Lodi California Wine Offers A Variety of Varietals
by John Dunham
If I only had a dollar, for ev’ry song I’ve sung, and ev’ry time I’ve had to play while people sat there drunk.
You know, I’d catch the next train back to where I live.
Oh ! Lord, I’m stuck in Lodi again.
This is the end to the famous 1969 song written by John Fogerty and performed by Creedence Clearwater Revival.
John Fogerty never actually visited Lodi California, which was about 70 miles from his hometown of Berkeley. Today, however, people stream down from Berkeley and from all over the country to sample some of the region’s famous old vine zinfandel wines.
The region is one of the larger production areas for wine grapes in California, and those grapes find themselves in wines produced throughout the state and even the country.
A Variety of Varietals!
For oenophiles, Lodi offers so much more than just Zinfandel, including a variety of varietals.
In addition to producing grapes for other wineries, Lodi’s 78 plus vintners put out a wide range of outstanding wines from about 100 different varietals and ranging from popularly priced to super premium offerings. In fact, Lodi is often called the wine grape capital of California due to the large number of varietals that flourish there.
Along with the traditional grapes of the region, Zinfandel and Flame Tokay, a grape mainly distilled into brandy today, the region produces a international group of varietals:
Spanish varietals like Albariño, Tempranillo, and Garnacha
Portuguese varieties, including hard to find grapes like Touriga Nacional, Verdelho, and Tricadeira
German varietals including Riesling, Gewürztraminer, and Zweigelt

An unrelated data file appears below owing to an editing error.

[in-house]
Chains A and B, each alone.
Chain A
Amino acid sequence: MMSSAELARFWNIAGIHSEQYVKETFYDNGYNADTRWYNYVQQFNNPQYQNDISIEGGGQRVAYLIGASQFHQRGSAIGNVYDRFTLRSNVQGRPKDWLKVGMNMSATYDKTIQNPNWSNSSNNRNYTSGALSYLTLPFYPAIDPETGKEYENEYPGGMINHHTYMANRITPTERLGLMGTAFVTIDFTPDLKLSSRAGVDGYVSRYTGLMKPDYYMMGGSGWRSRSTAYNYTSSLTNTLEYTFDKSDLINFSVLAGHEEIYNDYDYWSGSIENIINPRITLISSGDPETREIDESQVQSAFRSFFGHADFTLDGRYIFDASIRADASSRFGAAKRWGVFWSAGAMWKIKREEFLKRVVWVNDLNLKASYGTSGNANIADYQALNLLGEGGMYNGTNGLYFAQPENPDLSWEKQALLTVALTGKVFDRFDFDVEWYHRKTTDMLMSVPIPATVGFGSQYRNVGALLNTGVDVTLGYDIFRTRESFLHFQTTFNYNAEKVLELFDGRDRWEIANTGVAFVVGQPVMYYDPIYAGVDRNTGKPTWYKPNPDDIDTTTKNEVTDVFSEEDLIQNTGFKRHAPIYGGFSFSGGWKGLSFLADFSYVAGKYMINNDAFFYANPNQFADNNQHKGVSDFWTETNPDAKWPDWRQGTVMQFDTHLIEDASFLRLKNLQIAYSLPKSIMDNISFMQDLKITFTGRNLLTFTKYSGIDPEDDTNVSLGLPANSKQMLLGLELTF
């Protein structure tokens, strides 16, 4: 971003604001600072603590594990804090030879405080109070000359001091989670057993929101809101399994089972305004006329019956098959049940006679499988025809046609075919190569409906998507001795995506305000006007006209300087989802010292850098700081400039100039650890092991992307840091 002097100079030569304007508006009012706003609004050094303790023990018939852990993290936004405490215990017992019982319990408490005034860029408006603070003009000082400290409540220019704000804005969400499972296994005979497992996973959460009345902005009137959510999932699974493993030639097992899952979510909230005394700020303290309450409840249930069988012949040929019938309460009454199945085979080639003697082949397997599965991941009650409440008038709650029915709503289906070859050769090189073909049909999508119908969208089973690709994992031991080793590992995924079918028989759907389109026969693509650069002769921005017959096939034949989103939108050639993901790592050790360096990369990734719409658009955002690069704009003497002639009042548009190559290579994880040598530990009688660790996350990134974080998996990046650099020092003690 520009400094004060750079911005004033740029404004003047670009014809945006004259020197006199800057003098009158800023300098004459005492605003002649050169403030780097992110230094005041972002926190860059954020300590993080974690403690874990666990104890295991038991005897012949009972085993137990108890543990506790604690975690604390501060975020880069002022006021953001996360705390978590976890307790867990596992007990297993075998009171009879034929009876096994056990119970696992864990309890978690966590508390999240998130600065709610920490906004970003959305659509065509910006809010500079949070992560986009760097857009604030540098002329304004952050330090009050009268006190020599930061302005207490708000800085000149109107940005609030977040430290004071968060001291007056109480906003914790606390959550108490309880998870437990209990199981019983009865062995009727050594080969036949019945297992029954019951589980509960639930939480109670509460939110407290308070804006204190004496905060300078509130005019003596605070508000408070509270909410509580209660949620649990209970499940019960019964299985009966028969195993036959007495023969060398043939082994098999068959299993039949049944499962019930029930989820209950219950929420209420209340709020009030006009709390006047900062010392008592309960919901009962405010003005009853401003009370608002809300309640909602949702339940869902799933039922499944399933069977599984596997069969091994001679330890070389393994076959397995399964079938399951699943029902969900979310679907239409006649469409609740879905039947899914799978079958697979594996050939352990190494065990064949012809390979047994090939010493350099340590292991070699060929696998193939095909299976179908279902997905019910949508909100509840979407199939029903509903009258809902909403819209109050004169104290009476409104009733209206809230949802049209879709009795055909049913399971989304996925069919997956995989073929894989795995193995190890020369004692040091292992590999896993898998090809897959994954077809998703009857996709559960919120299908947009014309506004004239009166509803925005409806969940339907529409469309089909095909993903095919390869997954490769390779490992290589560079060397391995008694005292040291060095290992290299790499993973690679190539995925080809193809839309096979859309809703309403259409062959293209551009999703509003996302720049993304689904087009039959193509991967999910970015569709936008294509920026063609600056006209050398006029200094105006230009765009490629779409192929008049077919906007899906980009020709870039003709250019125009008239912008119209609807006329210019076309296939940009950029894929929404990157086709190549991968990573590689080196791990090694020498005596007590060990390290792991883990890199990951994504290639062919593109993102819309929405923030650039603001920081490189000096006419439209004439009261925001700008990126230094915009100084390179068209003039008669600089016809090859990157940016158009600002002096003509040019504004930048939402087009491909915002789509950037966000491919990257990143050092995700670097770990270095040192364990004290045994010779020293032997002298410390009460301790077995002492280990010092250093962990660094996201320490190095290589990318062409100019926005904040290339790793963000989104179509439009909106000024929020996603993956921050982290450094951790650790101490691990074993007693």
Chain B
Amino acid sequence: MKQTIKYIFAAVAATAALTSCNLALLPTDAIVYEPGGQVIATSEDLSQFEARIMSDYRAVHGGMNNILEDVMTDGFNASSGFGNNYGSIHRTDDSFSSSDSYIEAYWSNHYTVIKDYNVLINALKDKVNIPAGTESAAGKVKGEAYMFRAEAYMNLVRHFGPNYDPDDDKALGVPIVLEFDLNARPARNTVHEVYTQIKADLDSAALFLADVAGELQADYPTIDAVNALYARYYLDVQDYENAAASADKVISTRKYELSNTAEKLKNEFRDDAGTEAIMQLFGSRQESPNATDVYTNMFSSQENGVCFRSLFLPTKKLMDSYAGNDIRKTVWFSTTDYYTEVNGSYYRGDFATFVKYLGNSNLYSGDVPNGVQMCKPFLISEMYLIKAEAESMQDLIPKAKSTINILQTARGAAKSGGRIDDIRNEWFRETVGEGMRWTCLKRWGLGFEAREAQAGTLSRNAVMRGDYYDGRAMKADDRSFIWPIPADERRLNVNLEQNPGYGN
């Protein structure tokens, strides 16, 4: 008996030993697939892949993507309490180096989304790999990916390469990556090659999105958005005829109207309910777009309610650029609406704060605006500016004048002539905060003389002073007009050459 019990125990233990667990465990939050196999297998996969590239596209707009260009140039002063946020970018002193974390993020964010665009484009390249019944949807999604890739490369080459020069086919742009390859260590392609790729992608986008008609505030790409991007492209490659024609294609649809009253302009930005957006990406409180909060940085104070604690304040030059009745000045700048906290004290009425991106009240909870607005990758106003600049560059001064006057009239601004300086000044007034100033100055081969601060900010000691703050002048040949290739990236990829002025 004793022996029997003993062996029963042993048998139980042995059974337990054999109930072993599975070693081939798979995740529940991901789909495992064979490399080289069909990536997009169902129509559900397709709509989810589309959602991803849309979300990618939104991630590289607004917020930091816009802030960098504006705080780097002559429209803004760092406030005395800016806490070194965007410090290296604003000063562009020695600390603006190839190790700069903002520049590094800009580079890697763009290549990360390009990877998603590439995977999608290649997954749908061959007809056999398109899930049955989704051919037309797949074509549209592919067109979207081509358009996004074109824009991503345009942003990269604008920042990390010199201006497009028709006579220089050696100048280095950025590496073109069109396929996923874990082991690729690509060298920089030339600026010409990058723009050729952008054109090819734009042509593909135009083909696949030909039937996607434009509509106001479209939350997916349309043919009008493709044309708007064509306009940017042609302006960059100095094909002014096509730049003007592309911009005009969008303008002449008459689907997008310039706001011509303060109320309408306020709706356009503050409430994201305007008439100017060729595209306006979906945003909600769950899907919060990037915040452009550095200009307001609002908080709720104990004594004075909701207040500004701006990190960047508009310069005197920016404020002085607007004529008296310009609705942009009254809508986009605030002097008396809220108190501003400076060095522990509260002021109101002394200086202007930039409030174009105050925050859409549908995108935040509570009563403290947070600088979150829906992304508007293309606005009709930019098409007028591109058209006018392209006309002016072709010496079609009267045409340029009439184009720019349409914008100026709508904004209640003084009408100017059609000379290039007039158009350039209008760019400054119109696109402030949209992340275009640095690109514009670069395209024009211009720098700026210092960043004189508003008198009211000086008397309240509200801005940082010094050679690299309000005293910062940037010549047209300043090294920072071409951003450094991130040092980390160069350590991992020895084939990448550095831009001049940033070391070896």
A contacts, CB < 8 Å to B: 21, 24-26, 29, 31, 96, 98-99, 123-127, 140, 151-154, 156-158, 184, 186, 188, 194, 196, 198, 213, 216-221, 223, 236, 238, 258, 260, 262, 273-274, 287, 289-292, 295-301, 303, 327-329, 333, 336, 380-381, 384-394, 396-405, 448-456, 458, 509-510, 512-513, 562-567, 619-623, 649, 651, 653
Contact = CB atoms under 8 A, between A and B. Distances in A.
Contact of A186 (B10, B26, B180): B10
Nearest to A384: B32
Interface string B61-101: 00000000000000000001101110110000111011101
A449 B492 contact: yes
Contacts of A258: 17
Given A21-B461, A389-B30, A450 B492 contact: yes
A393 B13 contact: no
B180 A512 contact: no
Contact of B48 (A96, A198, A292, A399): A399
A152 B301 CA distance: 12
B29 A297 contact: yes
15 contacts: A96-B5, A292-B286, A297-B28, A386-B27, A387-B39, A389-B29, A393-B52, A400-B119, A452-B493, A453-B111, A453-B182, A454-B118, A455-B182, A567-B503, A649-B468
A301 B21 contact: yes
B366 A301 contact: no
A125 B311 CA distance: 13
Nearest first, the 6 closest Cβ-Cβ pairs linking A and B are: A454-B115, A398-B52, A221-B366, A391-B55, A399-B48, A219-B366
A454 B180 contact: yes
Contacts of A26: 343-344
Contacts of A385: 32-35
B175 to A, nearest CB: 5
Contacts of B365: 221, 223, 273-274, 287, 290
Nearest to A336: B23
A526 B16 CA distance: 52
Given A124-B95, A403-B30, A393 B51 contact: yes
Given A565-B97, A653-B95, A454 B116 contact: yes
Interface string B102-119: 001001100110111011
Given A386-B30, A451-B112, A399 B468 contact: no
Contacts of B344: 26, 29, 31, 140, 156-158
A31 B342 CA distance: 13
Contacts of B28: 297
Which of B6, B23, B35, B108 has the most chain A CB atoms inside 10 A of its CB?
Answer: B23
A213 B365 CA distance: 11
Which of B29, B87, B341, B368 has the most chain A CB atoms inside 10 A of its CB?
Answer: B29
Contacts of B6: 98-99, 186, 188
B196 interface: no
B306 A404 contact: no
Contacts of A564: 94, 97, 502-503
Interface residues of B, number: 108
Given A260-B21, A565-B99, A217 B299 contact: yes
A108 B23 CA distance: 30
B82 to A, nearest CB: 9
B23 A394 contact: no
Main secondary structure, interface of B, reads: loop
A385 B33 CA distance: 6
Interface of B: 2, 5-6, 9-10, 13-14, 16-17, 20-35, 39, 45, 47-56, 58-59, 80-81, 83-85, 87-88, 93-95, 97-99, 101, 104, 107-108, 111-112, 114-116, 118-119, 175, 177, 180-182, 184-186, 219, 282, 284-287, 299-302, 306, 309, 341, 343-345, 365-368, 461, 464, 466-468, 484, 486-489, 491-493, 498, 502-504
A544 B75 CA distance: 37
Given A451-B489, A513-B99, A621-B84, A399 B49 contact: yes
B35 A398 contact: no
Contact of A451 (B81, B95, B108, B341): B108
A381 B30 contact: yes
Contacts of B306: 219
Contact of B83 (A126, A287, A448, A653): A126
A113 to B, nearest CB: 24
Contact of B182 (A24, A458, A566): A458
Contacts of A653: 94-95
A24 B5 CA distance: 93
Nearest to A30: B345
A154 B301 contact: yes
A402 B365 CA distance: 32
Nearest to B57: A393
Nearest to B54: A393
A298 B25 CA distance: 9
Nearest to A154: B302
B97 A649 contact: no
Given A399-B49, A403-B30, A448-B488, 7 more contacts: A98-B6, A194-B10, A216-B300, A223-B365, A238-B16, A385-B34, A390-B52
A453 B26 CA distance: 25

Italian varietals including Barbera and Sangiovese,
French Varietals including Viognier, Syrah, and Tannat.
A virtual United Nations of wine grapes have found their home in Lodi.
A Virtual Wine Tasting With Sooth.com
We had an opportunity to sample many of the wine range of Lodi varietals at a recent virtual wine tasting sponsored by Snooth.com.
As we have often written before, virtual wine tastings have all the elements of the in-person variety. Since they are online, participants have the added advantage of gathering with other like-minded people from different places who for practical reasons, couldn’t possibly get together in one room at the same time any other way.
This is why Snooth.com is an excellent venue for this type of event.
The website has participation from over a million wine lovers and wine professionals from all over the globe.
To review all the advicesisteres.com reviews of virtual wine tastings that advicesisters.com has participated in with Snooth.com so far, type virtual wine tasting or snooth.com into the search box on the upper right hand side of this page.
The 2016 Lodi Virtual Tasting
This particular tasting was hosted by Master Sommelier Tim Gaiser, a nationally renowned wine expert who served for many years as the Education Chair and the Education Director for the Court of Master Sommeliers, Americas. He’s also an adjunct professor for the Rudd Center for Professional Wine Studies at the Culinary Institute of America at Greystone in Napa Valley.
Mr. Gaiser was joined by Stuart Spencer, the Program Manager of Lodi Winegrape Commission (and the owner of St. Amant Winery), and Mike McCay who along with his family have farmed in Lodi for 20 plus years and who launched the McCay Cellars label in 2007. Having moderators of this caliber is why Snooth.com virtual wine tastings are so